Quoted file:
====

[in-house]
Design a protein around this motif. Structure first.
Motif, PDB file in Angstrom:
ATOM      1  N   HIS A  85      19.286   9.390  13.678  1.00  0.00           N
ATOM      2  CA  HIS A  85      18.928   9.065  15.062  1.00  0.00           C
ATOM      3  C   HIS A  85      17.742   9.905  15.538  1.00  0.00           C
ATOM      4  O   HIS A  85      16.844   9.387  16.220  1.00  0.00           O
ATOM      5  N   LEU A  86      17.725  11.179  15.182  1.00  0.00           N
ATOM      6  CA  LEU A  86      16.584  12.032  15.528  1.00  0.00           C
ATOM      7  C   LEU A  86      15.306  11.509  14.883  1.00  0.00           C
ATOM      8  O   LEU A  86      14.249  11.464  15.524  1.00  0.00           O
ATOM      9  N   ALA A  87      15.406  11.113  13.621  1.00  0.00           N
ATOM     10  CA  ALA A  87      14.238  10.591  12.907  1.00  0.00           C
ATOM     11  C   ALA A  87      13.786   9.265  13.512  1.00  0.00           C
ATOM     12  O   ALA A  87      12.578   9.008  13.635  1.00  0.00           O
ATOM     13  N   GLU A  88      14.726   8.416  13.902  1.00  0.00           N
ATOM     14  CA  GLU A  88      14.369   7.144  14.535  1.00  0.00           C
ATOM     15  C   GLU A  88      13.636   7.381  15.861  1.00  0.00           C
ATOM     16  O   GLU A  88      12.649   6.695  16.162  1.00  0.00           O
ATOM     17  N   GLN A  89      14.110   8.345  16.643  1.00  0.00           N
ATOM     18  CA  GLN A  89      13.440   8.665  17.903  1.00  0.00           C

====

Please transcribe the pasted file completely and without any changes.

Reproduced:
[in-house]
Design a protein around this motif. Structure first.
Motif, PDB file in Angstrom:
ATOM      1  N   HIS A  85      19.286   9.390  13.678  1.00  0.00           N
ATOM      2  CA  HIS A  85      18.928   9.065  15.062  1.00  0.00           C
ATOM      3  C   HIS A  85      17.742   9.905  15.538  1.00  0.00           C
ATOM      4  O   HIS A  85      16.844   9.387  16.220  1.00  0.00           O
ATOM      5  N   LEU A  86      17.725  11.179  15.182  1.00  0.00           N
ATOM      6  CA  LEU A  86      16.584  12.032  15.528  1.00  0.00           C
ATOM      7  C   LEU A  86      15.306  11.509  14.883  1.00  0.00           C
ATOM      8  O   LEU A  86      14.249  11.464  15.524  1.00  0.00           O
ATOM      9  N   ALA A  87      15.406  11.113  13.621  1.00  0.00           N
ATOM     10  CA  ALA A  87      14.238  10.591  12.907  1.00  0.00           C
ATOM     11  C   ALA A  87      13.786   9.265  13.512  1.00  0.00           C
ATOM     12  O   ALA A  87      12.578   9.008  13.635  1.00  0.00           O
ATOM     13  N   GLU A  88      14.726   8.416  13.902  1.00  0.00           N
ATOM     14  CA  GLU A  88      14.369   7.144  14.535  1.00  0.00           C
ATOM     15  C   GLU A  88      13.636   7.381  15.861  1.00  0.00           C
ATOM     16  O   GLU A  88      12.649   6.695  16.162  1.00  0.00           O
ATOM     17  N   GLN A  89      14.110   8.345  16.643  1.00  0.00           N
ATOM     18  CA  GLN A  89      13.440   8.665  17.903  1.00  0.00           C